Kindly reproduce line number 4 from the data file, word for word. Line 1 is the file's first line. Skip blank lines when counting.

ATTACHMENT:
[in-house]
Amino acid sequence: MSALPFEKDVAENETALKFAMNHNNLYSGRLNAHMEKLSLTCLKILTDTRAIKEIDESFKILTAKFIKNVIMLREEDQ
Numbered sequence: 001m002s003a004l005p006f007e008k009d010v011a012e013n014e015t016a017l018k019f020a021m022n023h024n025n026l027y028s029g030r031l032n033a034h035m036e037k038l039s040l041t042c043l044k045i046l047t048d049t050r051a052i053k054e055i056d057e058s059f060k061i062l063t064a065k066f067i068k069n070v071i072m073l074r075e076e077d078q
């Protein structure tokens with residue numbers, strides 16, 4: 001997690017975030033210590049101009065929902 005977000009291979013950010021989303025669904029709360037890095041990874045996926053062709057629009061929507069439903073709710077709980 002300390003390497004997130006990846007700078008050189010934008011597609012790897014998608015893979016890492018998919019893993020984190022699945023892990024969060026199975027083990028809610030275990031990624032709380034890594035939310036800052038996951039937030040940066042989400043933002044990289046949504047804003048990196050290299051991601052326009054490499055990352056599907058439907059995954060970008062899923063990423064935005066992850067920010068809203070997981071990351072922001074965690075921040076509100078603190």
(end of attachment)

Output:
């Protein structure tokens with residue numbers, strides 16, 4: 001997690017975030033210590049101009065929902 005977000009291979013950010021989303025669904029709360037890095041990874045996926053062709057629009061929507069439903073709710077709980 002300390003390497004997130006990846007700078008050189010934008011597609012790897014998608015893979016890492018998919019893993020984190022699945023892990024969060026199975027083990028809610030275990031990624032709380034890594035939310036800052038996951039937030040940066042989400043933002044990289046949504047804003048990196050290299051991601052326009054490499055990352056599907058439907059995954060970008062899923063990423064935005066992850067920010068809203070997981071990351072922001074965690075921040076509100078603190």